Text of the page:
Pope advances sainthood causes of Albanian martyrs, four others

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saints
Pope Francis celebrates Mass for the canonization of 10 new saints in St. Peter's Square at the Vatican in 2022. (CNS photo/Paul Haring)

VATICAN CITY (CNS) — Pope Francis advanced the sainthood causes of three women and three men, including two priests who were killed in hatred of the faith in Albania in the early 20th century.

After the pope met June 20 with Cardinal Marcello Semeraro, prefect of the Dicastery for the Causes of Saints, the Vatican published the list of decrees the pope approved in six sainthood causes.

The pope recognized the martyrdom for the beatification of Franciscan Father Luigi Paliq, killed in 1913, and Father Gjon Gazulli, hanged in 1927. Martyrs do not need a miracle attributed to their intercession for beatification. However, a miracle must be recognized by the Vatican for them to become saints.

Franciscan Father Luigi Paliq

Franciscan Father Paliq, who was born in 1877, ministered in his home Archdiocese of Skopje, which was occupied by bordering Montenegro during the Balkan Wars. The occupying forces were pressuring Muslims and Catholics to convert to Eastern Orthodox Christianity, and the priest encouraged people to remain faithful to their beliefs.

Father Paliq refused to flee from the persecution as he wanted to continue carrying out his mission and be close to the persecuted. He was arrested on a false charge and told to renounce his faith and convert to Orthodoxy, but he refused and was killed in 1913 in Pejë, which was in Albania and is now part of Kosovo.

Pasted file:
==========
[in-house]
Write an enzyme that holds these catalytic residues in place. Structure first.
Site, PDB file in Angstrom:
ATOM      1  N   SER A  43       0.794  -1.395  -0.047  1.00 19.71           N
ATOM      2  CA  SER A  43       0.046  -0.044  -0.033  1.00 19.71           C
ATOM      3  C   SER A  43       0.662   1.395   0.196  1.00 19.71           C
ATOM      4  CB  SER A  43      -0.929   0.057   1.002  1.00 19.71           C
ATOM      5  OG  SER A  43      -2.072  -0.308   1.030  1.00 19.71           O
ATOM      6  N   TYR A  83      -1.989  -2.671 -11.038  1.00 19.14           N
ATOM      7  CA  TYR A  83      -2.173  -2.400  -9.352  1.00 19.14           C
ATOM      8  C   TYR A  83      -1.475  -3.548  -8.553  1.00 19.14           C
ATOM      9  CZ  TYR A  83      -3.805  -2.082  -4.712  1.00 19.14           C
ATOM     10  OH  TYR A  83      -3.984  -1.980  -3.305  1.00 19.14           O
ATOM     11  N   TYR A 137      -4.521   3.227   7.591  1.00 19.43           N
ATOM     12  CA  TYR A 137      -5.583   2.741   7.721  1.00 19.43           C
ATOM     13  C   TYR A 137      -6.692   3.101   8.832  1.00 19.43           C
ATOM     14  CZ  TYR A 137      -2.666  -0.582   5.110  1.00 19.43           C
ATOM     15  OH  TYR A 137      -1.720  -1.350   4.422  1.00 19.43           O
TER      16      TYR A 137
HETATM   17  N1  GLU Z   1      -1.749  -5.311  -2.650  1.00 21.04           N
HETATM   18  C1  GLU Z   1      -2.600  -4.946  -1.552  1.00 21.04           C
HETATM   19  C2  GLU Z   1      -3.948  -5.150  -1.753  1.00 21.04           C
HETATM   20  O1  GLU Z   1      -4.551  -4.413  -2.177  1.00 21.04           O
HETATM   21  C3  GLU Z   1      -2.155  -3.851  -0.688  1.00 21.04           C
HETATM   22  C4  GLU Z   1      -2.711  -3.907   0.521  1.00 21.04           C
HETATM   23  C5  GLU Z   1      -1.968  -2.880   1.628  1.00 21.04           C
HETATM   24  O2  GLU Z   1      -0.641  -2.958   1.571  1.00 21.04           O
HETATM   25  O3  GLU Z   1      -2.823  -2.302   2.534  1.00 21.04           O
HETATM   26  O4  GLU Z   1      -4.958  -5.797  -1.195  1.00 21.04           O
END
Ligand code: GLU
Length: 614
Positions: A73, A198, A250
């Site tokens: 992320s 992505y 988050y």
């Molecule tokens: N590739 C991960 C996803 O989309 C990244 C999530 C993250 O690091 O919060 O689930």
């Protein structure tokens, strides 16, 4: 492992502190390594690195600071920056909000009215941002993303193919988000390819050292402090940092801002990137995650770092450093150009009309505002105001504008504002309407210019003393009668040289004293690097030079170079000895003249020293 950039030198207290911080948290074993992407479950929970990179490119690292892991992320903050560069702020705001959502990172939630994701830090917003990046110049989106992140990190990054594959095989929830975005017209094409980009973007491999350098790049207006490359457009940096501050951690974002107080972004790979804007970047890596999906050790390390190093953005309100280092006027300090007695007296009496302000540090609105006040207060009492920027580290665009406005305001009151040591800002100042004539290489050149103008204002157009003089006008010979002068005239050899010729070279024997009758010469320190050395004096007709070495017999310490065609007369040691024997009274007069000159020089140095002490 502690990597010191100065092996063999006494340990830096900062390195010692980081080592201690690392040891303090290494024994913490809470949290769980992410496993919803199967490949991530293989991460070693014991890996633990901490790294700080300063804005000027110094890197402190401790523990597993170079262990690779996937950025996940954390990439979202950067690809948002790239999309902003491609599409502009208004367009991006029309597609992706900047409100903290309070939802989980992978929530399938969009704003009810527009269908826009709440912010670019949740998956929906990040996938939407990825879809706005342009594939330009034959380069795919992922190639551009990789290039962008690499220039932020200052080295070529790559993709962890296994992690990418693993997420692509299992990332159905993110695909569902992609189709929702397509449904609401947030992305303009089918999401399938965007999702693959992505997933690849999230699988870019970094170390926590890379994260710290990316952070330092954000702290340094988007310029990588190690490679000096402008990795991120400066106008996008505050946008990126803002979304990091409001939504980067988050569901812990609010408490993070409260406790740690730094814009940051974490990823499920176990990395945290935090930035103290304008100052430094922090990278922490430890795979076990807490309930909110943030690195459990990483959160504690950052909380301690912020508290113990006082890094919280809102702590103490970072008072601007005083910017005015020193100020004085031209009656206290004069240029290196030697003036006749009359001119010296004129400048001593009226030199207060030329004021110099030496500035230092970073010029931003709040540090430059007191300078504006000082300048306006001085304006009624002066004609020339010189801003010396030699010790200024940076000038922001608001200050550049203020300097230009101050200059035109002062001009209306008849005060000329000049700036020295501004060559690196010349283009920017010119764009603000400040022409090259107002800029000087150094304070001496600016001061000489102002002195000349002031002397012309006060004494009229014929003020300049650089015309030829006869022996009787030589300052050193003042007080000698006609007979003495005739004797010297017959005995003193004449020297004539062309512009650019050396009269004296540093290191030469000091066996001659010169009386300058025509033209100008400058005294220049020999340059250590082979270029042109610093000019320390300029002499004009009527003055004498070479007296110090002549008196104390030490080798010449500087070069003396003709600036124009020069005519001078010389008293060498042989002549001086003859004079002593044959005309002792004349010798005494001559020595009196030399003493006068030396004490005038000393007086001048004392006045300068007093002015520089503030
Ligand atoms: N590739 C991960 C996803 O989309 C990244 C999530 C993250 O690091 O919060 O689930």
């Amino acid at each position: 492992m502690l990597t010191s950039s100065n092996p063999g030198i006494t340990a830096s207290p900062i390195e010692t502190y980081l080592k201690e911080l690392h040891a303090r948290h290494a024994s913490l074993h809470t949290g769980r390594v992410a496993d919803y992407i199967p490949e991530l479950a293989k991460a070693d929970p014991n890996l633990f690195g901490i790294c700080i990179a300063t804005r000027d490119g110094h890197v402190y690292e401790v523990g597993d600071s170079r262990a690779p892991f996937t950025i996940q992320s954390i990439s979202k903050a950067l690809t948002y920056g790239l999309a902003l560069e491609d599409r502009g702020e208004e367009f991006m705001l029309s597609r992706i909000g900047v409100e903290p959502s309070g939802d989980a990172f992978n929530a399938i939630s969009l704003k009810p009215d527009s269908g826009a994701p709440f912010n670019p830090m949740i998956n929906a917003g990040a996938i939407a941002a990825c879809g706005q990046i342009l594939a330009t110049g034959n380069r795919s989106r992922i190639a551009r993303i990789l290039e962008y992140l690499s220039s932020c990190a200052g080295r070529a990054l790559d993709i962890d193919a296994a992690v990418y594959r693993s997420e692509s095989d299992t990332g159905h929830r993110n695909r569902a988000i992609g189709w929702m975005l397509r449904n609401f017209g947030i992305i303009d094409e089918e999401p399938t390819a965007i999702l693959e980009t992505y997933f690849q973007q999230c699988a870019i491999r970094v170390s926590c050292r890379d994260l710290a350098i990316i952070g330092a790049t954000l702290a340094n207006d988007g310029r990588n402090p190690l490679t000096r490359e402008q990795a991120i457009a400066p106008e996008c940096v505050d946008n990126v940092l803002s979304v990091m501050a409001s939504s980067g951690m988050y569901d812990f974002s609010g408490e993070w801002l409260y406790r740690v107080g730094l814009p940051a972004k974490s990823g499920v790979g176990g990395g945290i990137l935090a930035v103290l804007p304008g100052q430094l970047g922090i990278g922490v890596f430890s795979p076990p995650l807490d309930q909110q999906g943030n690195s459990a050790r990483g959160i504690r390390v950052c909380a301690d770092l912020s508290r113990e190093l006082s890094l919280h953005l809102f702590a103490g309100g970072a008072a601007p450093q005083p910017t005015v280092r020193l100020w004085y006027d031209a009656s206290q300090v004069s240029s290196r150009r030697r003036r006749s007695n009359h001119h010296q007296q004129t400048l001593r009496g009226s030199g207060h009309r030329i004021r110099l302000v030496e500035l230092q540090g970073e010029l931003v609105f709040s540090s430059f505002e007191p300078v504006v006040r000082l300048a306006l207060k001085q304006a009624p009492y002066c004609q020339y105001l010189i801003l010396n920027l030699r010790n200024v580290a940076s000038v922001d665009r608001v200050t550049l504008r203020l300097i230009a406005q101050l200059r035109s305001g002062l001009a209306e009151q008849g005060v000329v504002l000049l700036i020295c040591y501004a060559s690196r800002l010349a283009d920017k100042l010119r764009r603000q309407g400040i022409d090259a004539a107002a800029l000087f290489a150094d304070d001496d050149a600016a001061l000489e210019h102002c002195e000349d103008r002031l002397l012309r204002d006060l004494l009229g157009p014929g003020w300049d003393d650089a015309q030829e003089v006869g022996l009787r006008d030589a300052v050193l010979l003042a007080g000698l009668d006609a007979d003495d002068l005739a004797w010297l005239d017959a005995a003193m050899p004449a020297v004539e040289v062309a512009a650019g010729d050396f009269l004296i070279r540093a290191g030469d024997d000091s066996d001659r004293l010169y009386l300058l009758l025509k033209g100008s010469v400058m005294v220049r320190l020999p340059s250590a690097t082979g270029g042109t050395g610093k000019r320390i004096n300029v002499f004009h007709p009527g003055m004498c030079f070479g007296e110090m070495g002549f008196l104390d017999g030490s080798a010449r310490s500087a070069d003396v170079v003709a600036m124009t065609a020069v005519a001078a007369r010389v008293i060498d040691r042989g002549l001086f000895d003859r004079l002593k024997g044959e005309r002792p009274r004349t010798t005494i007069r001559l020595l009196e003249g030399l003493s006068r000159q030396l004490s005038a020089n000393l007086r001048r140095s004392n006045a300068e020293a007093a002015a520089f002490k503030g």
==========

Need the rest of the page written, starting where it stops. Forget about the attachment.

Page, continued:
Father Gjon Gazulli

Father Gjon Gazulli, who was born in Albania in 1893, faced persecution under the regime of President Ahmed Zogu, who was hostile to Catholic clergy. The priest was falsely accused of instigating a revolt and was sentenced to death in 1927.

Of the six sainthood causes the pope advanced June 20, the Franciscans are promoting four of those causes: the two martyrs; Franciscan Father Isaia Columbro, who was born in Italy in 1908 and died in 2004; and Sister Maria Costanza Zauli, foundress of the Handmaids Adorers of the Blessed Sacrament of Bologna, who was born in Italy in 1886 and died in 1954.

Heroic virtues recognized

The pope recognized the heroic virtues of Father Columbro, who, according to the dicastery’s biography of him, “embodied the Franciscan ideal of a life interwoven with a spirit of service, simplicity, and humility in constant self-giving.”

Pope Francis also recognized the heroic virtues of Sister Zauli, who, the dicastery said, nurtured her faith during many “painful trials she endured” and was fervently devoted to the Blessed Sacrament, referring to it as “‘the sun’ that illuminates all of existence.”

Other decrees signed by the pope attested to the heroic virtues lived by: Ascensión Sacramento Sánchez Sánchez, who was a Spanish consecrated laywoman, who lived from 1911 to 1946 and was an early member of the secular institute Cruzada Evangélica; and Sister Vicenta Guilarte Alonso, a member of the Congregation of the Daughters of Jesus, who was born in Spain in 1879 and died in Brazil in 1960.

Carol Glatz

Carol Glatz writes for Catholic News Service.